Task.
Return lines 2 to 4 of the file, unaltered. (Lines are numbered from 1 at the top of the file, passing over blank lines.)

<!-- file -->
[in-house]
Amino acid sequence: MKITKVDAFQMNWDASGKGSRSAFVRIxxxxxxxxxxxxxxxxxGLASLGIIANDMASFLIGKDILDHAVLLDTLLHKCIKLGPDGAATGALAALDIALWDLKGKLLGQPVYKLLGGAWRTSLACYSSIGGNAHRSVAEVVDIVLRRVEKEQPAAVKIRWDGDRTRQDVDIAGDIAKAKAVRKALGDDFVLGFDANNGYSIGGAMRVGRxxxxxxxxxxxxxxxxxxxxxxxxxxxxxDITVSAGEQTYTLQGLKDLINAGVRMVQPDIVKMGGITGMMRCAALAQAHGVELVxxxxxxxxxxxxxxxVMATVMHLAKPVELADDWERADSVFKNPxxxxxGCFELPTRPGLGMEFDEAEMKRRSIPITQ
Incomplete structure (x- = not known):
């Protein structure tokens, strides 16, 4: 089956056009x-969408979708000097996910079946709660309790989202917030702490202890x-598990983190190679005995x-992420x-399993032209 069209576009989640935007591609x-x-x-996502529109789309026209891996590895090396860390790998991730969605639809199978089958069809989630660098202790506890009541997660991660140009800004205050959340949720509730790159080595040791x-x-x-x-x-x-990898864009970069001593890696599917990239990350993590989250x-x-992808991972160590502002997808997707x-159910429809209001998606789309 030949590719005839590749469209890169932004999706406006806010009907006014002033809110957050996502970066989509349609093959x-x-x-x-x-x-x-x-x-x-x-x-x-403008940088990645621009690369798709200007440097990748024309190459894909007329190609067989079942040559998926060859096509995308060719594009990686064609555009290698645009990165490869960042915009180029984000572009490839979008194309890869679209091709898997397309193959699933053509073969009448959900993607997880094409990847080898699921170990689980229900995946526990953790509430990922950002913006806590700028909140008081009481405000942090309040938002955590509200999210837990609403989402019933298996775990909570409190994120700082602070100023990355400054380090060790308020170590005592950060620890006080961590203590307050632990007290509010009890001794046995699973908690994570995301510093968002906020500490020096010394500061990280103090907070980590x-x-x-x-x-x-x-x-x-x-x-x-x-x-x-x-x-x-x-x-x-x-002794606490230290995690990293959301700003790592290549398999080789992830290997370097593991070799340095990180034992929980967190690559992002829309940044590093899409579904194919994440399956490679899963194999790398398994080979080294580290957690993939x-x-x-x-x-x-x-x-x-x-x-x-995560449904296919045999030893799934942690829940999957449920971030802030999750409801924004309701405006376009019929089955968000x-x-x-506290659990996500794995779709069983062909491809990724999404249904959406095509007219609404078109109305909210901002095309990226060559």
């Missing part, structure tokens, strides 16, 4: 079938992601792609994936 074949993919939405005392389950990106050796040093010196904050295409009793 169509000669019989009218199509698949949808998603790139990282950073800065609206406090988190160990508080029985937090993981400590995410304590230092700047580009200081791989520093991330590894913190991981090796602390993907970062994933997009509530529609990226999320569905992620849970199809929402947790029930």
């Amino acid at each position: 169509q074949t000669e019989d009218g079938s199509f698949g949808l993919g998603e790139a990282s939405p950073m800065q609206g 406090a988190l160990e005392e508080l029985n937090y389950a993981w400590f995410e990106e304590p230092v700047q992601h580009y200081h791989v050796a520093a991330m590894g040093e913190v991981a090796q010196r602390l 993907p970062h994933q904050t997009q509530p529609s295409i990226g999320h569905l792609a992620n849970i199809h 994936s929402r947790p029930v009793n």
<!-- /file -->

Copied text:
Amino acid sequence: MKITKVDAFQMNWDASGKGSRSAFVRIxxxxxxxxxxxxxxxxxGLASLGIIANDMASFLIGKDILDHAVLLDTLLHKCIKLGPDGAATGALAALDIALWDLKGKLLGQPVYKLLGGAWRTSLACYSSIGGNAHRSVAEVVDIVLRRVEKEQPAAVKIRWDGDRTRQDVDIAGDIAKAKAVRKALGDDFVLGFDANNGYSIGGAMRVGRxxxxxxxxxxxxxxxxxxxxxxxxxxxxxDITVSAGEQTYTLQGLKDLINAGVRMVQPDIVKMGGITGMMRCAALAQAHGVELVxxxxxxxxxxxxxxxVMATVMHLAKPVELADDWERADSVFKNPxxxxxGCFELPTRPGLGMEFDEAEMKRRSIPITQ
Incomplete structure (x- = not known):
């Protein structure tokens, strides 16, 4: 089956056009x-969408979708000097996910079946709660309790989202917030702490202890x-598990983190190679005995x-992420x-399993032209 069209576009989640935007591609x-x-x-996502529109789309026209891996590895090396860390790998991730969605639809199978089958069809989630660098202790506890009541997660991660140009800004205050959340949720509730790159080595040791x-x-x-x-x-x-990898864009970069001593890696599917990239990350993590989250x-x-992808991972160590502002997808997707x-159910429809209001998606789309 030949590719005839590749469209890169932004999706406006806010009907006014002033809110957050996502970066989509349609093959x-x-x-x-x-x-x-x-x-x-x-x-x-403008940088990645621009690369798709200007440097990748024309190459894909007329190609067989079942040559998926060859096509995308060719594009990686064609555009290698645009990165490869960042915009180029984000572009490839979008194309890869679209091709898997397309193959699933053509073969009448959900993607997880094409990847080898699921170990689980229900995946526990953790509430990922950002913006806590700028909140008081009481405000942090309040938002955590509200999210837990609403989402019933298996775990909570409190994120700082602070100023990355400054380090060790308020170590005592950060620890006080961590203590307050632990007290509010009890001794046995699973908690994570995301510093968002906020500490020096010394500061990280103090907070980590x-x-x-x-x-x-x-x-x-x-x-x-x-x-x-x-x-x-x-x-x-x-002794606490230290995690990293959301700003790592290549398999080789992830290997370097593991070799340095990180034992929980967190690559992002829309940044590093899409579904194919994440399956490679899963194999790398398994080979080294580290957690993939x-x-x-x-x-x-x-x-x-x-x-x-995560449904296919045999030893799934942690829940999957449920971030802030999750409801924004309701405006376009019929089955968000x-x-x-506290659990996500794995779709069983062909491809990724999404249904959406095509007219609404078109109305909210901002095309990226060559």